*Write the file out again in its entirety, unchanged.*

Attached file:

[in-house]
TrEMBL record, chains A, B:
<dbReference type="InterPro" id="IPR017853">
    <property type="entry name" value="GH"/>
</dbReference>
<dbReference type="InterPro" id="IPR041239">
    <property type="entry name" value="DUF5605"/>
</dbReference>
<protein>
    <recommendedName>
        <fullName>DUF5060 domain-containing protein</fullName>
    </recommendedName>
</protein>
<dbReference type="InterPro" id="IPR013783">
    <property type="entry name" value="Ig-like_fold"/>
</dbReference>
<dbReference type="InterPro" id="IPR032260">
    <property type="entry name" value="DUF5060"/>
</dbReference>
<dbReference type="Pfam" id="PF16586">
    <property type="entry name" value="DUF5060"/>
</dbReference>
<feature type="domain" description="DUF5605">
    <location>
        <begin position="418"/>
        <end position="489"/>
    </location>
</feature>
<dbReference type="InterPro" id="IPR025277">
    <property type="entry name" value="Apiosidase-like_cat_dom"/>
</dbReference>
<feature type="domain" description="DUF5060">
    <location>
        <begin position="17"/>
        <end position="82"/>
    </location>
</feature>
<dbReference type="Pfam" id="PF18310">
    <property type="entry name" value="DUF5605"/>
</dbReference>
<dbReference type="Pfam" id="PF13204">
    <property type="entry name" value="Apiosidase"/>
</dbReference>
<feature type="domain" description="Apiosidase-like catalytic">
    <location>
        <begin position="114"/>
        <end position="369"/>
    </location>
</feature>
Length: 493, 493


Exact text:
[in-house]
TrEMBL record, chains A, B:
<dbReference type="InterPro" id="IPR017853">
    <property type="entry name" value="GH"/>
</dbReference>
<dbReference type="InterPro" id="IPR041239">
    <property type="entry name" value="DUF5605"/>
</dbReference>
<protein>
    <recommendedName>
        <fullName>DUF5060 domain-containing protein</fullName>
    </recommendedName>
</protein>
<dbReference type="InterPro" id="IPR013783">
    <property type="entry name" value="Ig-like_fold"/>
</dbReference>
<dbReference type="InterPro" id="IPR032260">
    <property type="entry name" value="DUF5060"/>
</dbReference>
<dbReference type="Pfam" id="PF16586">
    <property type="entry name" value="DUF5060"/>
</dbReference>
<feature type="domain" description="DUF5605">
    <location>
        <begin position="418"/>
        <end position="489"/>
    </location>
</feature>
<dbReference type="InterPro" id="IPR025277">
    <property type="entry name" value="Apiosidase-like_cat_dom"/>
</dbReference>
<feature type="domain" description="DUF5060">
    <location>
        <begin position="17"/>
        <end position="82"/>
    </location>
</feature>
<dbReference type="Pfam" id="PF18310">
    <property type="entry name" value="DUF5605"/>
</dbReference>
<dbReference type="Pfam" id="PF13204">
    <property type="entry name" value="Apiosidase"/>
</dbReference>
<feature type="domain" description="Apiosidase-like catalytic">
    <location>
        <begin position="114"/>
        <end position="369"/>
    </location>
</feature>
Length: 493, 493